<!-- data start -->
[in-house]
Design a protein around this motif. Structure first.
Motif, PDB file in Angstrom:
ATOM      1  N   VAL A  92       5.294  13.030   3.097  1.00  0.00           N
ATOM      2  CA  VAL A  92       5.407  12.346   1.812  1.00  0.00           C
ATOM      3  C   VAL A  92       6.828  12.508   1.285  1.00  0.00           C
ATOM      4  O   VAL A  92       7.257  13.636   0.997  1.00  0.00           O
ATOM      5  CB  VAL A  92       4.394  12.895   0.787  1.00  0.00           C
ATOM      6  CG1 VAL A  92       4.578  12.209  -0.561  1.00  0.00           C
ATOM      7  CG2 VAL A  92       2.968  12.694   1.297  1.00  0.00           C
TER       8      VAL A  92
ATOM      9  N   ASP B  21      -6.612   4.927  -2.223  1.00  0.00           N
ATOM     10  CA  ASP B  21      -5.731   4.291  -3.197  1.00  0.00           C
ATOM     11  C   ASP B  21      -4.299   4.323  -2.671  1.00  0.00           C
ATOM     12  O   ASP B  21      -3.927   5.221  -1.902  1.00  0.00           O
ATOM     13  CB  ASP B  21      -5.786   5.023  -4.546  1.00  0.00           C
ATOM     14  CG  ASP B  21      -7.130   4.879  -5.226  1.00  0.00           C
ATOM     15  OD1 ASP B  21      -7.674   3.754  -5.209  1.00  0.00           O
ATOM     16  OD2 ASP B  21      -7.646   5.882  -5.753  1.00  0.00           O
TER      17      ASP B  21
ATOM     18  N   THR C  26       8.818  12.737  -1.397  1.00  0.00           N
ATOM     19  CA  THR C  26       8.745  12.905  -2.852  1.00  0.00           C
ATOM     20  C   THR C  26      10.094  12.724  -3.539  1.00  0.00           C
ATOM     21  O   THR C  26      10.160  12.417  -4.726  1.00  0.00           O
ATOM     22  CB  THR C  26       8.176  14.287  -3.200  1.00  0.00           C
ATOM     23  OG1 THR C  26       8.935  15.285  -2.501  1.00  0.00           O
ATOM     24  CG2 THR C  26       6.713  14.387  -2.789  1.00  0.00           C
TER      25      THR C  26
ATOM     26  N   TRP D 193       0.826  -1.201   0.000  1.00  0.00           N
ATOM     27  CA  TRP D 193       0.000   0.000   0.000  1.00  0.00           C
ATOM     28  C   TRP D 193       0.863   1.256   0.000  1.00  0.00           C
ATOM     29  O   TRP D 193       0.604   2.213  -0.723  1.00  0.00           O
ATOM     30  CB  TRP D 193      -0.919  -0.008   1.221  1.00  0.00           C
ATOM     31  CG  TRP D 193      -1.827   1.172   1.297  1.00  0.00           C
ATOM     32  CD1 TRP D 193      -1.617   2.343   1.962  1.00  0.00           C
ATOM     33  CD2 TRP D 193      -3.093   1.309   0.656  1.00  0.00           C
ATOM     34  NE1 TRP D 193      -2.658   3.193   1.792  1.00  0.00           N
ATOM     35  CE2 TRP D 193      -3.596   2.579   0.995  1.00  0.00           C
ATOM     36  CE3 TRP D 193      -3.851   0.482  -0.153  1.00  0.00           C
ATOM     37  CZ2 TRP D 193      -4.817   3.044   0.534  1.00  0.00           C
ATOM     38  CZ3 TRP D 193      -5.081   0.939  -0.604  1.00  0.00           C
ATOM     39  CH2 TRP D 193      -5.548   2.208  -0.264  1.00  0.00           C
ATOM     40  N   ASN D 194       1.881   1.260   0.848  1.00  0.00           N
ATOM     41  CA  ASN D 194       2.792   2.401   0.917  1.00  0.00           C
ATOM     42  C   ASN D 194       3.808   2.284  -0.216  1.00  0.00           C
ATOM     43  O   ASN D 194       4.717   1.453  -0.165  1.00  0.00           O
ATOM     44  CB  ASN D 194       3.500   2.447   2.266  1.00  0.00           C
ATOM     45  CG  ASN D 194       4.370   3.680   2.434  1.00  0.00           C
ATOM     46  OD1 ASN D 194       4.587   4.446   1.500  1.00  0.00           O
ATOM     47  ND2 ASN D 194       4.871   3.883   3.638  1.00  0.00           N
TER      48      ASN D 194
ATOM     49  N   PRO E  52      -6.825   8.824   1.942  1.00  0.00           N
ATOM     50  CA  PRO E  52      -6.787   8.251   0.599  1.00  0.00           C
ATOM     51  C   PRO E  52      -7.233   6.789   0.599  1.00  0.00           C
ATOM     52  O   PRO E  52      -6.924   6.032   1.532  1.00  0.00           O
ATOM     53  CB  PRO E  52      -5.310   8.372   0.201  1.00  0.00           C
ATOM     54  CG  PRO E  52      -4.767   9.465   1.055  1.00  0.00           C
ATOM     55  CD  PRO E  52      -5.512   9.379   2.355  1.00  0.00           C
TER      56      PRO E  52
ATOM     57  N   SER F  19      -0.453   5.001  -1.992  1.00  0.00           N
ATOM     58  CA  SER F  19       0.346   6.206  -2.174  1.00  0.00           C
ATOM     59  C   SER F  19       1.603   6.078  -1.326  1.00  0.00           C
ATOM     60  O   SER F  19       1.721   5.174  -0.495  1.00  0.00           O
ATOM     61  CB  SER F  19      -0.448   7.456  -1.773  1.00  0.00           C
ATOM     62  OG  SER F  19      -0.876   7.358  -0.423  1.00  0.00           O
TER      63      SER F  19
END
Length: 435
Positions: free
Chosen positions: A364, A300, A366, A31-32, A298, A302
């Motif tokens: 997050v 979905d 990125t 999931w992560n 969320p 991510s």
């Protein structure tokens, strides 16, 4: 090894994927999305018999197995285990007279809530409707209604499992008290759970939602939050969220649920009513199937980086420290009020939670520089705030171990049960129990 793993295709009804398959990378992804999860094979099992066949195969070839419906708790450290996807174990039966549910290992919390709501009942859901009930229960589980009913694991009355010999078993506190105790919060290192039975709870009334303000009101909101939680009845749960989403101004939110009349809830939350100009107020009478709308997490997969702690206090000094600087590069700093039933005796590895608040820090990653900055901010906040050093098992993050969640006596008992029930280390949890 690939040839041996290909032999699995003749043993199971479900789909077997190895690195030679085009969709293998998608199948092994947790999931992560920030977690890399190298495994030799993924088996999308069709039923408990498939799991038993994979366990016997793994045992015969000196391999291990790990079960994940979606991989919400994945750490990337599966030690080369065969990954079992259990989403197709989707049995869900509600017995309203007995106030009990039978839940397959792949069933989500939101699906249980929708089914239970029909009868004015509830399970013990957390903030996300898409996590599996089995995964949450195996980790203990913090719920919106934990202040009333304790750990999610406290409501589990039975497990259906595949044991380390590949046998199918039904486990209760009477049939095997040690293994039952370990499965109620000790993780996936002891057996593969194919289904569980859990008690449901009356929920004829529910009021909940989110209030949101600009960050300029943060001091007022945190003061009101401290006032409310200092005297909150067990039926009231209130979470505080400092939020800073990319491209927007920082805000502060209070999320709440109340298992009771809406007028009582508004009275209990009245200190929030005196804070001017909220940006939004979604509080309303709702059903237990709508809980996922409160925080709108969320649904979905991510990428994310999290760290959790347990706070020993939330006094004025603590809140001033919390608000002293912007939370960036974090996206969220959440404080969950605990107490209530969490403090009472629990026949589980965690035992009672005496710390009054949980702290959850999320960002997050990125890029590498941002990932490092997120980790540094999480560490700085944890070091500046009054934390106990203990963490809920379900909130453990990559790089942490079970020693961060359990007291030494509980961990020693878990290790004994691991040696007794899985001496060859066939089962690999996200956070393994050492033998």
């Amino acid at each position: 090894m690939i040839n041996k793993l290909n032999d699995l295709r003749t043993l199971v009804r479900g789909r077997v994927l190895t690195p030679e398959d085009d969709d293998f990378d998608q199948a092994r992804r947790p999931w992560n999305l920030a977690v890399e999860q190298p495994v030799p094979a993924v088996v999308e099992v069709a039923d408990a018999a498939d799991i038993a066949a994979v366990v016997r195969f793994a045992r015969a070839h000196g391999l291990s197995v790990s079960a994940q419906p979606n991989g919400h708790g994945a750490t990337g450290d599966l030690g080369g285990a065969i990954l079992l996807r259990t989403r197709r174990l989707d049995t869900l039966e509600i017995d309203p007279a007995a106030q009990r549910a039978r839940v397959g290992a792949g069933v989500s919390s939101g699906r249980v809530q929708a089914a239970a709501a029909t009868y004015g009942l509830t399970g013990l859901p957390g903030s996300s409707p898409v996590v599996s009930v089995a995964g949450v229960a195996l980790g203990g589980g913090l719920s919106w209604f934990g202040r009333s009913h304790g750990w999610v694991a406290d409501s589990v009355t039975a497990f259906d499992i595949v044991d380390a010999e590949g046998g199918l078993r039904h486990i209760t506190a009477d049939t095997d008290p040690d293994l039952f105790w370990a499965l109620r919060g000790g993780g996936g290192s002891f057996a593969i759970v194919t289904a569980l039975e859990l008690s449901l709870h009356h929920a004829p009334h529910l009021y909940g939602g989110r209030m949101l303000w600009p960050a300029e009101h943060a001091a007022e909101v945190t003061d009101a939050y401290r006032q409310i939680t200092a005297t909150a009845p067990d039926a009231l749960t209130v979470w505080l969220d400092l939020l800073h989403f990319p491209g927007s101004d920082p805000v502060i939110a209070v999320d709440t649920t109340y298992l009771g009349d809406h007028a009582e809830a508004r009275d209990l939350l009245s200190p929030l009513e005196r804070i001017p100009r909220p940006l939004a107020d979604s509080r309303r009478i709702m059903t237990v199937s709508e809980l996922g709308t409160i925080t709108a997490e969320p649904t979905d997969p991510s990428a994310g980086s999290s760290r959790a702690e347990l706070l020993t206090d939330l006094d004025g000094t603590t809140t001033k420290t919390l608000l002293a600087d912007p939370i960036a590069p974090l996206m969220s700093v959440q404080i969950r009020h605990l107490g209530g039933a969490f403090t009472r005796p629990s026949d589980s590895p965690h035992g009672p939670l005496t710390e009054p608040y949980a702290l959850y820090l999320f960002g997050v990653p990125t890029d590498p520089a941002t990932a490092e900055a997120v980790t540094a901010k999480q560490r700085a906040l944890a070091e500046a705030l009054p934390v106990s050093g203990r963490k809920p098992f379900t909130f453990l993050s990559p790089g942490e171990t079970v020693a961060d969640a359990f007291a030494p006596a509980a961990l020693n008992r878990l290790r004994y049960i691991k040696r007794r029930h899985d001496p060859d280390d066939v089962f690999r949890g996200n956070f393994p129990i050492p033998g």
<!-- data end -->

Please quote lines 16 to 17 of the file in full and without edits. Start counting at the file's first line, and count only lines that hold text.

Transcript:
ATOM     13  CB  ASP B  21      -5.786   5.023  -4.546  1.00  0.00           C
ATOM     14  CG  ASP B  21      -7.130   4.879  -5.226  1.00  0.00           C